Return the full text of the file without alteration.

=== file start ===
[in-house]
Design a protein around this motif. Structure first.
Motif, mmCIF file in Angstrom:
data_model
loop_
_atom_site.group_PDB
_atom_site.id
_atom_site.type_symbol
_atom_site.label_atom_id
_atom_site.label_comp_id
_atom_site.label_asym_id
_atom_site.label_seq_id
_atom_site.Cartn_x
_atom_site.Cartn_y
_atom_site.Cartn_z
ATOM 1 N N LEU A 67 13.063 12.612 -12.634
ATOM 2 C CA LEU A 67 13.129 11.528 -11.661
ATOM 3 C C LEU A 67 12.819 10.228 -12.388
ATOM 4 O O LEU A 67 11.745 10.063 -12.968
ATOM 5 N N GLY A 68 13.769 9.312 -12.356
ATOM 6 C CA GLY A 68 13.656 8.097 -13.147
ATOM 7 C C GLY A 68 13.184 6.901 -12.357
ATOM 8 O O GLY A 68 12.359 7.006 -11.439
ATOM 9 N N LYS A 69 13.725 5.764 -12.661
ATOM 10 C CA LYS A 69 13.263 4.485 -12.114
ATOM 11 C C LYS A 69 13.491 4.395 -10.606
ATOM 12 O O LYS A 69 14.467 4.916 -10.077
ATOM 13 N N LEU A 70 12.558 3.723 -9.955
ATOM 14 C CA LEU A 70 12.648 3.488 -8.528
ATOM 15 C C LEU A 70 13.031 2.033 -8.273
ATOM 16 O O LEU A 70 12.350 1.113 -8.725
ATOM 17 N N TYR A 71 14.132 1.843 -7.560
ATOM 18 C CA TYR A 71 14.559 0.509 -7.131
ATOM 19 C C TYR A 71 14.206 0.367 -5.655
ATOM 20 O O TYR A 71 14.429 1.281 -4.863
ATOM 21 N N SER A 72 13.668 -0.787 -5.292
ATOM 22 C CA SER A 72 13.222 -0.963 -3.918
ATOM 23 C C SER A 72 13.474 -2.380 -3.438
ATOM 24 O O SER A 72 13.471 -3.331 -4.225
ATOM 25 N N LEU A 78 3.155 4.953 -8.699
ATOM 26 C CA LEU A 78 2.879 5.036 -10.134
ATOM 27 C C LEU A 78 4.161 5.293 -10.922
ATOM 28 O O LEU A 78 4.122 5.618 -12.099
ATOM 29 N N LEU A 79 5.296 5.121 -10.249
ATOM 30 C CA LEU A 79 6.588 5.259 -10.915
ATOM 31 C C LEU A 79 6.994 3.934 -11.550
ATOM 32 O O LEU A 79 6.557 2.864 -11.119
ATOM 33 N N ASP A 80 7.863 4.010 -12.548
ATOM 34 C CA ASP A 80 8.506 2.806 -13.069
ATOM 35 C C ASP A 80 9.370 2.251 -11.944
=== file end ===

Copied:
[in-house]
Design a protein around this motif. Structure first.
Motif, mmCIF file in Angstrom:
data_model
loop_
_atom_site.group_PDB
_atom_site.id
_atom_site.type_symbol
_atom_site.label_atom_id
_atom_site.label_comp_id
_atom_site.label_asym_id
_atom_site.label_seq_id
_atom_site.Cartn_x
_atom_site.Cartn_y
_atom_site.Cartn_z
ATOM 1 N N LEU A 67 13.063 12.612 -12.634
ATOM 2 C CA LEU A 67 13.129 11.528 -11.661
ATOM 3 C C LEU A 67 12.819 10.228 -12.388
ATOM 4 O O LEU A 67 11.745 10.063 -12.968
ATOM 5 N N GLY A 68 13.769 9.312 -12.356
ATOM 6 C CA GLY A 68 13.656 8.097 -13.147
ATOM 7 C C GLY A 68 13.184 6.901 -12.357
ATOM 8 O O GLY A 68 12.359 7.006 -11.439
ATOM 9 N N LYS A 69 13.725 5.764 -12.661
ATOM 10 C CA LYS A 69 13.263 4.485 -12.114
ATOM 11 C C LYS A 69 13.491 4.395 -10.606
ATOM 12 O O LYS A 69 14.467 4.916 -10.077
ATOM 13 N N LEU A 70 12.558 3.723 -9.955
ATOM 14 C CA LEU A 70 12.648 3.488 -8.528
ATOM 15 C C LEU A 70 13.031 2.033 -8.273
ATOM 16 O O LEU A 70 12.350 1.113 -8.725
ATOM 17 N N TYR A 71 14.132 1.843 -7.560
ATOM 18 C CA TYR A 71 14.559 0.509 -7.131
ATOM 19 C C TYR A 71 14.206 0.367 -5.655
ATOM 20 O O TYR A 71 14.429 1.281 -4.863
ATOM 21 N N SER A 72 13.668 -0.787 -5.292
ATOM 22 C CA SER A 72 13.222 -0.963 -3.918
ATOM 23 C C SER A 72 13.474 -2.380 -3.438
ATOM 24 O O SER A 72 13.471 -3.331 -4.225
ATOM 25 N N LEU A 78 3.155 4.953 -8.699
ATOM 26 C CA LEU A 78 2.879 5.036 -10.134
ATOM 27 C C LEU A 78 4.161 5.293 -10.922
ATOM 28 O O LEU A 78 4.122 5.618 -12.099
ATOM 29 N N LEU A 79 5.296 5.121 -10.249
ATOM 30 C CA LEU A 79 6.588 5.259 -10.915
ATOM 31 C C LEU A 79 6.994 3.934 -11.550
ATOM 32 O O LEU A 79 6.557 2.864 -11.119
ATOM 33 N N ASP A 80 7.863 4.010 -12.548
ATOM 34 C CA ASP A 80 8.506 2.806 -13.069
ATOM 35 C C ASP A 80 9.370 2.251 -11.944